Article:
RIP Buddy Childers
Among other section mates he greatly admired were Shorty Rogers and Ray Wetzel. "I'd been in Woody's band with Shorty, he recalled. "Stan asked me to choose the trumpet section for the 1950 orchestra. We already had Conte Candoli and Maynard Ferguson. I suggested Shorty. Stan wasn't keen. 'He's associated with Woody,' implying the [drug] problems of the Second Herd. I told him, 'Shorty's not a doper.' 'How do you know?' he asked. 'He's too cheap to be a doper,' I said. 'There's no way. He sends every penny he makes home to [his wife] Margie every week. He even sleeps on the bus half the time. You'll love him.' Needless to say, Shorty got the job.
Ray Wetzel, said Buddy, was "one of nature's noblemen. Wonderful, wonderful guy. A great trumpet player and a great musician. There is a difference, of course. There are many people who can play the hell out of an instrument, but just being able to play does not automatically make you a musician. Ray was both. He was complete, and as a human being he was complete....As a trumpet player Ray taught me a lot, and I'm sure he learned a few things from me, too...
"I was driving back from a job in New England somewhere and was listening [on the radio] to someone like Al 'Jazzbo' Collins. [He] took phone calls and this one came in and I heard him say 'What! Ray Wetzel killed?' And that's how I got the news. I just pulled over to the side [of the road] and cried. [Ray] was with Dorsey and was killed in Charlie Shavers' car, and for the rest of his life Charlie never recovered from that.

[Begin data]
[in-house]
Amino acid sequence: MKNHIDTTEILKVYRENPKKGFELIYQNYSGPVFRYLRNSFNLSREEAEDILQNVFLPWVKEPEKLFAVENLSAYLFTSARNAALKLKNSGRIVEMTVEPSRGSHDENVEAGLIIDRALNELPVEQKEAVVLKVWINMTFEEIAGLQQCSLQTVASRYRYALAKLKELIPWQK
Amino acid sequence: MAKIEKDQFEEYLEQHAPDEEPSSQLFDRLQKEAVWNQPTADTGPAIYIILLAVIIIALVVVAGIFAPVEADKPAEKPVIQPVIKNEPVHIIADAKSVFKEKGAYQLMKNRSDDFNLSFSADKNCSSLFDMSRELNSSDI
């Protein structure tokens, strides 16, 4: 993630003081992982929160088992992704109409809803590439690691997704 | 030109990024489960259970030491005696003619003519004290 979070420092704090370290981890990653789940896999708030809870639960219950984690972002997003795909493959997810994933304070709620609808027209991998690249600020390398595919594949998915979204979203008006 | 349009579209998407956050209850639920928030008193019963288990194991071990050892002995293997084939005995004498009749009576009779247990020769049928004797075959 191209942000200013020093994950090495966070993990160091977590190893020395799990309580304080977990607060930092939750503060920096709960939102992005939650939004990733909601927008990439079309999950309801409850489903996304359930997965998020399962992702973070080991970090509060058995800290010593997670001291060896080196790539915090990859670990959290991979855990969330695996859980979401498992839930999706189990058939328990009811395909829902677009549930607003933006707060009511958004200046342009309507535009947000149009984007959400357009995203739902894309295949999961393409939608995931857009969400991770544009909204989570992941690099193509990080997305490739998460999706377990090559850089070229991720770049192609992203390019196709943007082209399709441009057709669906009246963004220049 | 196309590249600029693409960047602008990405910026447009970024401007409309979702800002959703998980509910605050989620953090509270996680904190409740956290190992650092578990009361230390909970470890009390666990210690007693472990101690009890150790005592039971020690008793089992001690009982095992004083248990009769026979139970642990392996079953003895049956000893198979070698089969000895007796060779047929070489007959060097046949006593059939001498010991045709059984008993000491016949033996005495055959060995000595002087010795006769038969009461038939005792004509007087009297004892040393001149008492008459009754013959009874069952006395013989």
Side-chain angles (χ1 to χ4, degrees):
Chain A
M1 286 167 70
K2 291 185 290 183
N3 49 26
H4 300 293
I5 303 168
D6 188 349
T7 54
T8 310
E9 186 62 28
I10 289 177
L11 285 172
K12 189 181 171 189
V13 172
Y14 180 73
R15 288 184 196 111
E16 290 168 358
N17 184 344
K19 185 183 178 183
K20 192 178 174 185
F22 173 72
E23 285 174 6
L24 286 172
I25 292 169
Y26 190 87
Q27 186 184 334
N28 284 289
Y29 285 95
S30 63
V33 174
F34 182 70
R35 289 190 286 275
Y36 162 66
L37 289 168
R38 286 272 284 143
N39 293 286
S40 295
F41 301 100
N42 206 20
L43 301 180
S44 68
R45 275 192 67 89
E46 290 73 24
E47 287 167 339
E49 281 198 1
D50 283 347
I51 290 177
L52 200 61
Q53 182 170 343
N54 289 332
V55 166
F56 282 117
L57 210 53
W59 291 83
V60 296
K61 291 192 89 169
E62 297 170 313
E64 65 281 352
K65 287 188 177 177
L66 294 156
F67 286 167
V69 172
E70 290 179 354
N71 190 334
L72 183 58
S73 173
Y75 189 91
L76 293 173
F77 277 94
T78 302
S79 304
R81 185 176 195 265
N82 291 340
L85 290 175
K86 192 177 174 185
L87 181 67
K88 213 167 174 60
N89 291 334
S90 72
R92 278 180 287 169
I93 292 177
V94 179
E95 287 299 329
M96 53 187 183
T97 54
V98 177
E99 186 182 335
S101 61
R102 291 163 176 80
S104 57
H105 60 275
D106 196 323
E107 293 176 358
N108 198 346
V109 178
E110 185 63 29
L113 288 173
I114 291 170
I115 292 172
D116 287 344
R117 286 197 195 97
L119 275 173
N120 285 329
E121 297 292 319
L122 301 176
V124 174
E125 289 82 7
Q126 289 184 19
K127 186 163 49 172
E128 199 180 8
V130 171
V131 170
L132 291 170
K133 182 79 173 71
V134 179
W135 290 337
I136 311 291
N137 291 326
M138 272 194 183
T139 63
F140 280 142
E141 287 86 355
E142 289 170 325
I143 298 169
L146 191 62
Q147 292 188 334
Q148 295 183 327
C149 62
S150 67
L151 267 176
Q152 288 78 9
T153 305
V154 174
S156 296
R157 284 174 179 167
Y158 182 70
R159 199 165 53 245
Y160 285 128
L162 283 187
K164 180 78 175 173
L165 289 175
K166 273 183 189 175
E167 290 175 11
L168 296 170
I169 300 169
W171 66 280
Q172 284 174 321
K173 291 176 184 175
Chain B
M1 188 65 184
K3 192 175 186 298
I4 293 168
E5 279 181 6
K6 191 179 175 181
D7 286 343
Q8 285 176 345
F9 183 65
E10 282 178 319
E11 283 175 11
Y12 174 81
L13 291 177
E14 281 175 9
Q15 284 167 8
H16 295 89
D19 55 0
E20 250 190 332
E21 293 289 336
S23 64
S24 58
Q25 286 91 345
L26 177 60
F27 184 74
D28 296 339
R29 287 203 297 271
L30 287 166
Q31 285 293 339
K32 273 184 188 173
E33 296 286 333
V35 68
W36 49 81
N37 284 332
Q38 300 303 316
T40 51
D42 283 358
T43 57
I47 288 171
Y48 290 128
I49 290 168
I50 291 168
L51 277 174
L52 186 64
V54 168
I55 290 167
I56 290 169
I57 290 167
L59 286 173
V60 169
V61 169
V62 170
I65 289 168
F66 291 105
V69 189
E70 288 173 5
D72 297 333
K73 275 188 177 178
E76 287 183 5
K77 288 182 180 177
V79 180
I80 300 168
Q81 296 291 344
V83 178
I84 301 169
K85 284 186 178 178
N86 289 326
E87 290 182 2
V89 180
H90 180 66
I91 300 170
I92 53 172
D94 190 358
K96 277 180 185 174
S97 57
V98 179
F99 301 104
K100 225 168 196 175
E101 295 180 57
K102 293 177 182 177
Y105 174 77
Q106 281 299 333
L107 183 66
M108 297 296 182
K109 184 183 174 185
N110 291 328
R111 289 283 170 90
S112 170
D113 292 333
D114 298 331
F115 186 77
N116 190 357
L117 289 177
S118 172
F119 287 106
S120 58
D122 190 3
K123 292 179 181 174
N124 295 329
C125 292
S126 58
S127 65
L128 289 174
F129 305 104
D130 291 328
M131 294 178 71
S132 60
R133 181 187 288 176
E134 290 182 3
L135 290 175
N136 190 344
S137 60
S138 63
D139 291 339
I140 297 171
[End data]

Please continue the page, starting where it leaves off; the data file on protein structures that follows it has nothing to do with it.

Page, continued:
Even though they seldom had a chance to play together, the legendary trumpeter Dizzy Gillespie was another of Buddy's close friends, primarily because of their shared belief as members of the Baha'i Faith, something neither Buddy nor Dizzy was shy about discussing. It was the foundation on which his character was built, and the nucleus of his relationships with others. Like other musicians, Gillespie (and Garcia) among them, Buddy knew that his strong faith had enabled him to turn his back on the self-destructive habits that had ruined many a promising career.
As playing trumpet was about the only job he'd ever had, Buddy always regarded it as such, and never let it go to his head; in other words, he never saw himself as someone special or "above others. In spite of his remarkable talent, he remained modest and down-to-earth.
Speaking about the great saxophonist Charlie Parker, who had toured with the Kenton orchestra in 1951, Buddy said to Voce, "When you're that good you don't have to be jealous of anyone, and he enjoyed everything. There's a lesson to be learned there. If you get good enough at what you do, part of getting there is enjoying what other people do and learning from it. If you enjoy it enough you're bound to learn something.
People like Buddy Childers, who was indeed very good at what he did, don't come along very often, and he will be greatly missed. Perhaps the most fitting memorial would be to somehow release the album he was working on so the music world could experience his superlative artistry, as Count Basie would say, "one more time.
And that's it for now. Until next time, keep swingin'!
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